How to spot a flood-damaged car

Flood water can have a huge effect on a car, both seen and unseen. But how do you know if the car you're about to buy is flood-damaged?

The UK gets a fair amount of rain and our roads often struggle to cope with very heavy downpours. The result can be waterlogged sections of road and, inevitably, many cars end up getting  flooded as a result. A flood damaged car means big trouble for the owner and potentially, also for any unsuspecting buyer who might be looking at purchasing the vehicle at some point in the future. Here we examine ways to mitigate the effects of water damage to a car and of spotting flood damaged cars being offered for sale.  Whether your car is parked at the roadside or you’re wading through waterlogged sections, there’s always a chance that your car could become flooded. The best advice is to try and avoid the worst coming to the worst in the first place by choosing your parking space carefully when wet weather is expected and never driving into water if you’re not completely confident that you can make it out the other side.

Buying a used car: the ultimate guide

Lots of people innocently assume that once a car’s been flooded, all it needs is a good airing-out and plenty of time to dry off. What they don’t realise is that from city cars to 4x4s, water damage could affect mechanical components like the engine, brakes, starter motors and catalytic converters, not to mention the electrical system. Any kind of flooding could spell serious issues with the car for years to come and it’s not surprising that some unscrupulous motorists attempt to sell flood damaged cars without being completely honest about their watery history.

Selling a flooded car that’s not had critical components replaced or repaired could be like selling a ticking time bomb of expensive and even dangerous problems. Below are a few symptoms to look out for if you suspect you’ve got a flood-damaged car on your hands...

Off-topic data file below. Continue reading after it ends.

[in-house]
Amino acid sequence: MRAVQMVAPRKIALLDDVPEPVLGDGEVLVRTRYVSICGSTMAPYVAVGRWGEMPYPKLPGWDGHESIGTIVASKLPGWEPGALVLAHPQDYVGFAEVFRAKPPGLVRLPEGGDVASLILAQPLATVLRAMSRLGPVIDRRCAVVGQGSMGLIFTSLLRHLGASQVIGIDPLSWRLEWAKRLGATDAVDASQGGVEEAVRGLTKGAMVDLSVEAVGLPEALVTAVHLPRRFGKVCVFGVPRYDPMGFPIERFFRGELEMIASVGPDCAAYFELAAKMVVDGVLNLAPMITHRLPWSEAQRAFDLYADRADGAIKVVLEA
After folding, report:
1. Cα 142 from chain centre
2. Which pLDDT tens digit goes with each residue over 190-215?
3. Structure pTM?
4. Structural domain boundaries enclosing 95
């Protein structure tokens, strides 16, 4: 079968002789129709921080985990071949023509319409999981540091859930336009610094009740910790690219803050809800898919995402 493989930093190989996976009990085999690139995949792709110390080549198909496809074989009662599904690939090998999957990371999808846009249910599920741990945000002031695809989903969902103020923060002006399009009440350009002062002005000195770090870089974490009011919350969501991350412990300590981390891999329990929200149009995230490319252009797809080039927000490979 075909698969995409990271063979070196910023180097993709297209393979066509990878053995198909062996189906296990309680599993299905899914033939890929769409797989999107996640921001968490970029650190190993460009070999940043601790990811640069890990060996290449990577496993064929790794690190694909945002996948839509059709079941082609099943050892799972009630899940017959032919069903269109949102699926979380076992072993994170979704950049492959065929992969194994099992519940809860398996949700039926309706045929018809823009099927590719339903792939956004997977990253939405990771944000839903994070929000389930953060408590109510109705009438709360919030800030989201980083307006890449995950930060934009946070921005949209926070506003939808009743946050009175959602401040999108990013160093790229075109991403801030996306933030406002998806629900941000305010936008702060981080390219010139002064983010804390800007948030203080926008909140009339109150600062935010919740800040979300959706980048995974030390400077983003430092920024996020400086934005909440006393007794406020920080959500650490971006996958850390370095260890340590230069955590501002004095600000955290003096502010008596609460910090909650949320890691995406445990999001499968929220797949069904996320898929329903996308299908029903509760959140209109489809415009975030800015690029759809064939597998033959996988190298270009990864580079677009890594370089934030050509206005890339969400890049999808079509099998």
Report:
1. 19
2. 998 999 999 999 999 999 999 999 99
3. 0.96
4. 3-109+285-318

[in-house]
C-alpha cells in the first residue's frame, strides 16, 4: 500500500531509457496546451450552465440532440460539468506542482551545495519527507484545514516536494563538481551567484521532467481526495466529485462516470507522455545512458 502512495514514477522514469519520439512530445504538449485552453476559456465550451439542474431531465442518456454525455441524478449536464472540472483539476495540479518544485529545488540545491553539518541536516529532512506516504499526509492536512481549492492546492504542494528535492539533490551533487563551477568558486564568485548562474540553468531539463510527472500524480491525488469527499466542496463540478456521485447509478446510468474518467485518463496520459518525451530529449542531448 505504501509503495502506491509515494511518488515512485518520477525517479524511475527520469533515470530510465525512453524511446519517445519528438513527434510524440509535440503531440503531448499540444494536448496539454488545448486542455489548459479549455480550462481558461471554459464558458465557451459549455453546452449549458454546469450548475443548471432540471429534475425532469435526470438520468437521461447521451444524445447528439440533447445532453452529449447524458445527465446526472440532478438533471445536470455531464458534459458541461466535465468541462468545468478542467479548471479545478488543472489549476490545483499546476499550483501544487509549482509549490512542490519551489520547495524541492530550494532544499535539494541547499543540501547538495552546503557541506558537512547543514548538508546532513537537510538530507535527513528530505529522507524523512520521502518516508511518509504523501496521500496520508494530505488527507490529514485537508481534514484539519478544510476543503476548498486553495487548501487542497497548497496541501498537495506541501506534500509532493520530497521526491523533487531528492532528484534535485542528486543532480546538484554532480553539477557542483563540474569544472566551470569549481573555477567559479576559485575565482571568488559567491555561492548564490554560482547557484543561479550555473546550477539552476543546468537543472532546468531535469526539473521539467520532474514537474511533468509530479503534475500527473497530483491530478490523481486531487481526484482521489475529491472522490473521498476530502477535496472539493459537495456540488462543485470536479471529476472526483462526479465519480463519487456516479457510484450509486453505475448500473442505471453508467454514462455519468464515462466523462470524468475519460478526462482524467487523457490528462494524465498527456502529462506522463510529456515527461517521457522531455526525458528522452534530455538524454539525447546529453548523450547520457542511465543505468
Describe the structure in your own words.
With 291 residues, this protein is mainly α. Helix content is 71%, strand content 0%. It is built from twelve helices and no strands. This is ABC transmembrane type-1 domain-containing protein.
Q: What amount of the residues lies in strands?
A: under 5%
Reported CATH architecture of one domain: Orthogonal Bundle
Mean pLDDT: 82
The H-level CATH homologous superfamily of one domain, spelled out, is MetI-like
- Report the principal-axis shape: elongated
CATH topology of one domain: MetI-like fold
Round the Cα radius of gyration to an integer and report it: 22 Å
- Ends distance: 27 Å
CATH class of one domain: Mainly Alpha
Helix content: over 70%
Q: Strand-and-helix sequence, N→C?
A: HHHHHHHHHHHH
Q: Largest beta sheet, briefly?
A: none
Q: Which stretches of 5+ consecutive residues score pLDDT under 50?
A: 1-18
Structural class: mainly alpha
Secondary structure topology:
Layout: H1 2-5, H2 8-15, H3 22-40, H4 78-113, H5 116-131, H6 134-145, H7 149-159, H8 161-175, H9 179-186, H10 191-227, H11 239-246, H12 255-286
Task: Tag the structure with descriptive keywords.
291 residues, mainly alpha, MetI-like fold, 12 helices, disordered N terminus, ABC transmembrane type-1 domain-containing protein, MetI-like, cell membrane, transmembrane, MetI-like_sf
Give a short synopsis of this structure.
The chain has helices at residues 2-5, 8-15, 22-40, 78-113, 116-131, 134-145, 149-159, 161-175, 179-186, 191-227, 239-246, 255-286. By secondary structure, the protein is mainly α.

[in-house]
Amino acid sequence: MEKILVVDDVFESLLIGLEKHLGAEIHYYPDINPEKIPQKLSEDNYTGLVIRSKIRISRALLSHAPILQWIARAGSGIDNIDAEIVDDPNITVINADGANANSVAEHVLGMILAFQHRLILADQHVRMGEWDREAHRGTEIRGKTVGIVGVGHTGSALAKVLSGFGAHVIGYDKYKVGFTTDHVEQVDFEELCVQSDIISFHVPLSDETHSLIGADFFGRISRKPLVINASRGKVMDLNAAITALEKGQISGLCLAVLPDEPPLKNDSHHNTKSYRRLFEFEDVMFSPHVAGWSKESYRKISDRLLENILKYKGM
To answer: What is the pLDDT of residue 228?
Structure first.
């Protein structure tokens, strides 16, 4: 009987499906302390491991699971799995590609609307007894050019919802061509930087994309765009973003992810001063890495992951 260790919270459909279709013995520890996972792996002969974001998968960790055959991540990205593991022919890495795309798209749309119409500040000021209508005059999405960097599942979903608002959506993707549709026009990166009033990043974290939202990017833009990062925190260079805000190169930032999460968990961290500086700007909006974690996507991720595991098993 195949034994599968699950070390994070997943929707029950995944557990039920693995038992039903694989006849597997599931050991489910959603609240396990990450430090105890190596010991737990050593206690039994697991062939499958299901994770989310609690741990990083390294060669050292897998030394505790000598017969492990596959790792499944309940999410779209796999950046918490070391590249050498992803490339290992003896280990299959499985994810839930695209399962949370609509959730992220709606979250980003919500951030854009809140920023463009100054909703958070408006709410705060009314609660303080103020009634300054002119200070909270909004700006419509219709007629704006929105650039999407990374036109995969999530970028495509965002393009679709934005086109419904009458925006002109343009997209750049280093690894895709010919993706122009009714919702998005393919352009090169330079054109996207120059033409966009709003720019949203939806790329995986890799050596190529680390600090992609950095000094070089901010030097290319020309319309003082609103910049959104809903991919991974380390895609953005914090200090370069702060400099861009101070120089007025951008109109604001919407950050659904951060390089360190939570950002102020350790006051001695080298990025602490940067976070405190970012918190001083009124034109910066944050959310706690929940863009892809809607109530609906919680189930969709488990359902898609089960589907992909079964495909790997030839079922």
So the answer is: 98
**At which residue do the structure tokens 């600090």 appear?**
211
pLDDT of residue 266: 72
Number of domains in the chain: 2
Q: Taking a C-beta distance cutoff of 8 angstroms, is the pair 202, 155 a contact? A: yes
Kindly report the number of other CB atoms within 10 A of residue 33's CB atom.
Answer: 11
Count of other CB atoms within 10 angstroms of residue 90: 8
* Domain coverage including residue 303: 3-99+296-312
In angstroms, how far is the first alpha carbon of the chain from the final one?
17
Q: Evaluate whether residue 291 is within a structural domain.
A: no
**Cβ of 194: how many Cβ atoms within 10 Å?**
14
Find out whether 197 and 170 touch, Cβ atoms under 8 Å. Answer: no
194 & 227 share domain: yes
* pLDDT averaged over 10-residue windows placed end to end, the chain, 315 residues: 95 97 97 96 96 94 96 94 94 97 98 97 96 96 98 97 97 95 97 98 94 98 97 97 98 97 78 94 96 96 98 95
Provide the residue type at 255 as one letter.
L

• Do a vehicle check: Some unscrupulous types will buy a car that’s been written off with flood damage and re-sell it without telling buyers the history of the car. An HPI check tells you if the car has been previously written off.

  • Check the electrics: If the car’s been flooded, it’s likely the electric system has suffered. Check all lights as well as items like the electric windows to ensure they work.

  • Look for damp: Some areas of a car are difficult to dry completely, so check in the footwells to see that the carpet is dry. Damp carpets are a warning sign that the car may have been flooded and so is that telltale damp smell.

  • Check for rust: Plenty of used cars will have minor rust, but check that it’s consistent with the age and mileage of the car. Excess rust or corrosion could signal that the car’s been water damaged in the past.

  • Look under the bonnet: Make sure there isn’t excessive rust or corrosion under the bonnet, and check for water. If in doubt, bring a mechanic along who can check crucial parts like the starter motor.

  • Put the heating on: Trapped water in the heating and ventilation system could lead to excess condensation – try putting the heating on and see if the windows start steaming up.

     

If it turns out that the car has been flood-damaged, you should have proof provided that necessary work has been carried out. Ensure the car’s been checked over by a mechanic and is safe to go back on the road.

Cat N and Cat S cars explained

If the car has been written off, be aware that Cat D and Cat C write-offs may be made roadworthy again. You shouldn’t pay market value for these cars, however, so negotiate a good deal. If the car is a Cat B or Cat A write-off, just walk away – these cars can never be made roadworthy by law.

As with any used car purchase, it's important to keep cool and be savvy. The asking price could look tempting and previously written-off car could represent a bargain, there’s even scope to use a flooded car for parts - but a flood-damaged car could also be an expensive mistake. We would always proceed with extreme caution if you suspect a car is flood-damaged and be particularly wary of cars advertised at mysteriously low prices in areas where flooding has occurred. As always, if you're not absolutely confident in the car's condition, walk away.

Would you consider buying an insurance write off? Let us know in the comments...

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